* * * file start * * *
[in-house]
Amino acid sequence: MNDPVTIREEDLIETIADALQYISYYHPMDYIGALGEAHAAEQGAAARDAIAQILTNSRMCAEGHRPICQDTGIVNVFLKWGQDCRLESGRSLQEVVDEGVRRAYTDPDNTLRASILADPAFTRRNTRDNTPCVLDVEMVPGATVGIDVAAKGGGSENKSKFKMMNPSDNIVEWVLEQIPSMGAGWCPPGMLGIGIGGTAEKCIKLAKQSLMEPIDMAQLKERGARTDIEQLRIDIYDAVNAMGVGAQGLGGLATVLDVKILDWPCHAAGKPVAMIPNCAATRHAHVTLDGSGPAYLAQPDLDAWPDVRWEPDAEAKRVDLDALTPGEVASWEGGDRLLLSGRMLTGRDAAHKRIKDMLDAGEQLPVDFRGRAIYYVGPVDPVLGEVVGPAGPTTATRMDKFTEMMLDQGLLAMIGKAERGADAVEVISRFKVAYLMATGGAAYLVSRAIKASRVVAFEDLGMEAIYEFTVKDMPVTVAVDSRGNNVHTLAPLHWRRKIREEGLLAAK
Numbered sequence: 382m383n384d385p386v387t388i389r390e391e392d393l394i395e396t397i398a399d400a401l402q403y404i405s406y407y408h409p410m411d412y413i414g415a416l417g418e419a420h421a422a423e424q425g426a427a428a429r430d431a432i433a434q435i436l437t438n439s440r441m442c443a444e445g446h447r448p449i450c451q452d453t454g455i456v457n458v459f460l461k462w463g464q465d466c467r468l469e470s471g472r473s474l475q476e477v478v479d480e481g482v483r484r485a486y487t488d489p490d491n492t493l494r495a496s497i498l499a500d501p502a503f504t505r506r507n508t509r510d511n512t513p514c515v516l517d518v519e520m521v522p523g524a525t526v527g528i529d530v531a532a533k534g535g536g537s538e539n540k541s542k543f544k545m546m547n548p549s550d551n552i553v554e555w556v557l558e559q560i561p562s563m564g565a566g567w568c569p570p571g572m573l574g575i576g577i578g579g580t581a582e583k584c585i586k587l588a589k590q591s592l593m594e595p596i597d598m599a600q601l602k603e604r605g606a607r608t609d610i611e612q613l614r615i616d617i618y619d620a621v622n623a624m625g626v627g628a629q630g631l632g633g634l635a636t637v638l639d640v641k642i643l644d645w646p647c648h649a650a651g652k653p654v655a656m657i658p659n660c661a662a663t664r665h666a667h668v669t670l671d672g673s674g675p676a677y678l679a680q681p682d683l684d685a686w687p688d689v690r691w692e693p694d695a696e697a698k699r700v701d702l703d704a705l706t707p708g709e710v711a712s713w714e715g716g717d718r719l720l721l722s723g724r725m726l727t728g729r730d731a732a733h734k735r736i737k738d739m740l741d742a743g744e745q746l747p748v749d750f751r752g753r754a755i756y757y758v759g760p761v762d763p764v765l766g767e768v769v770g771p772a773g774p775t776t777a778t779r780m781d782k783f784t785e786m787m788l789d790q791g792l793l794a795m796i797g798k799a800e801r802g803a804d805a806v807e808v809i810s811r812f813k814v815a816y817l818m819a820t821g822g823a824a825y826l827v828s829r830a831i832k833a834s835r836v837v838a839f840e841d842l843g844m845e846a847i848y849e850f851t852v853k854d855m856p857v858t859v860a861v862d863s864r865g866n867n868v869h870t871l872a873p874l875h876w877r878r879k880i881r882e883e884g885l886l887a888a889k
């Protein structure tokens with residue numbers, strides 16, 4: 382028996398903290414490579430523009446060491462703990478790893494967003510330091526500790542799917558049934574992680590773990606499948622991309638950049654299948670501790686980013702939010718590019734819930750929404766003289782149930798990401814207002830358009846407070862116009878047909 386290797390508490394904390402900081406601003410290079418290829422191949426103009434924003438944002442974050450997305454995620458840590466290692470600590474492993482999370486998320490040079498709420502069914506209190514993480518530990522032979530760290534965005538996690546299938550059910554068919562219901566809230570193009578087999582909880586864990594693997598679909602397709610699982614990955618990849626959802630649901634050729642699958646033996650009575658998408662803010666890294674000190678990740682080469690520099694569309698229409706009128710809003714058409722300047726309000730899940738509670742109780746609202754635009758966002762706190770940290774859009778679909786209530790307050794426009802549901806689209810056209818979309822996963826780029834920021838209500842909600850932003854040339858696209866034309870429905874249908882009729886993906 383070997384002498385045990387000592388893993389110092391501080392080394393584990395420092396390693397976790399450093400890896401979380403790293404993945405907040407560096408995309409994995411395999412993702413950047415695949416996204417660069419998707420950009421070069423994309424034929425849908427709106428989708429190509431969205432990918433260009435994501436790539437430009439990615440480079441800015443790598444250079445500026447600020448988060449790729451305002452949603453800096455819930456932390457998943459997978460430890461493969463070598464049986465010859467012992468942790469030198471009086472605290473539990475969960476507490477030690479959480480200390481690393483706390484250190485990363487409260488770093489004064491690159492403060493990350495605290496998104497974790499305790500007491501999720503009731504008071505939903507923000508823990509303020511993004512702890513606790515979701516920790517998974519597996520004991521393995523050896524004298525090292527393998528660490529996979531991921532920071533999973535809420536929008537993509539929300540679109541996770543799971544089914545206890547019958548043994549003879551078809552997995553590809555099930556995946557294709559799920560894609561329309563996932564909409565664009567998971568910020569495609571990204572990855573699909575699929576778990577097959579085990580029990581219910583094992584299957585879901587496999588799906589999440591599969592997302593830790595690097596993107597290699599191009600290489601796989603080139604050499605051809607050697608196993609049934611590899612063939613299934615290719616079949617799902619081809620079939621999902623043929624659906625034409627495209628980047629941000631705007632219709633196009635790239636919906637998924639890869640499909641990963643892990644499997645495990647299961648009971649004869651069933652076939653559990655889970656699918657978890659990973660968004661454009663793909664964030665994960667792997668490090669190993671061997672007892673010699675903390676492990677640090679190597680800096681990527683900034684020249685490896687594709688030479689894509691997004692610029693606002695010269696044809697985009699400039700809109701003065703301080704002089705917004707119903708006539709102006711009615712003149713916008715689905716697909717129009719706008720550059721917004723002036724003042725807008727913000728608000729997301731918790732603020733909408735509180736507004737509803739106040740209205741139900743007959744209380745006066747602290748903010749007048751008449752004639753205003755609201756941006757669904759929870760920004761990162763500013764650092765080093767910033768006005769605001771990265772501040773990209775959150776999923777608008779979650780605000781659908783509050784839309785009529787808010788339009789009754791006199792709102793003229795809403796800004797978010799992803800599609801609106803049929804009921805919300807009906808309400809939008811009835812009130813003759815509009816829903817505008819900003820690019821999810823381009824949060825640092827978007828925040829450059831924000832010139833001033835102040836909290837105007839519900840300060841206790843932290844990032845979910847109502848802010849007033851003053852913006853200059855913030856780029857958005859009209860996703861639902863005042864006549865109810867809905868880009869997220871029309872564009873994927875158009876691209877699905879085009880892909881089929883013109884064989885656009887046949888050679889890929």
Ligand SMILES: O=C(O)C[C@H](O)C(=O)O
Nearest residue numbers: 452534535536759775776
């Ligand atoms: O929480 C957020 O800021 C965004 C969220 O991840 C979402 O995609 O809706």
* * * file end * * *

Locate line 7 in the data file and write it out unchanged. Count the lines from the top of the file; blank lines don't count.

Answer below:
């Ligand atoms: O929480 C957020 O800021 C965004 C969220 O991840 C979402 O995609 O809706």